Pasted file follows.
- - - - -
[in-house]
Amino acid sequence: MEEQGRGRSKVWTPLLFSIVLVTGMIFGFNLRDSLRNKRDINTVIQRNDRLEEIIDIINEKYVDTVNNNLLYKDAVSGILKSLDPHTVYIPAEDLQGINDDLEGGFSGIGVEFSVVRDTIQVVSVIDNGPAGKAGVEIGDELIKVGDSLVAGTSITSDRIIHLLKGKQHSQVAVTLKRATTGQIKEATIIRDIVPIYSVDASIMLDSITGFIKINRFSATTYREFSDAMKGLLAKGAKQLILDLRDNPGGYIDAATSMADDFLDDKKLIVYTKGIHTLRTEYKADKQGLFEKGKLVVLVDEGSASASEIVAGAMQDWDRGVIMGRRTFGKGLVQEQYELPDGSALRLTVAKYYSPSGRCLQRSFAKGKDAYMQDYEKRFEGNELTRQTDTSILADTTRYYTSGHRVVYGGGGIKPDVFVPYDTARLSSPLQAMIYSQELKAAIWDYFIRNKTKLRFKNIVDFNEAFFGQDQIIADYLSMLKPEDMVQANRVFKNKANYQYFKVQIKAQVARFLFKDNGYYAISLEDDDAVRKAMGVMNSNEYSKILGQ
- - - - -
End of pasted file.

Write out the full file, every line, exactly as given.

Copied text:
[in-house]
Amino acid sequence: MEEQGRGRSKVWTPLLFSIVLVTGMIFGFNLRDSLRNKRDINTVIQRNDRLEEIIDIINEKYVDTVNNNLLYKDAVSGILKSLDPHTVYIPAEDLQGINDDLEGGFSGIGVEFSVVRDTIQVVSVIDNGPAGKAGVEIGDELIKVGDSLVAGTSITSDRIIHLLKGKQHSQVAVTLKRATTGQIKEATIIRDIVPIYSVDASIMLDSITGFIKINRFSATTYREFSDAMKGLLAKGAKQLILDLRDNPGGYIDAATSMADDFLDDKKLIVYTKGIHTLRTEYKADKQGLFEKGKLVVLVDEGSASASEIVAGAMQDWDRGVIMGRRTFGKGLVQEQYELPDGSALRLTVAKYYSPSGRCLQRSFAKGKDAYMQDYEKRFEGNELTRQTDTSILADTTRYYTSGHRVVYGGGGIKPDVFVPYDTARLSSPLQAMIYSQELKAAIWDYFIRNKTKLRFKNIVDFNEAFFGQDQIIADYLSMLKPEDMVQANRVFKNKANYQYFKVQIKAQVARFLFKDNGYYAISLEDDDAVRKAMGVMNSNEYSKILGQ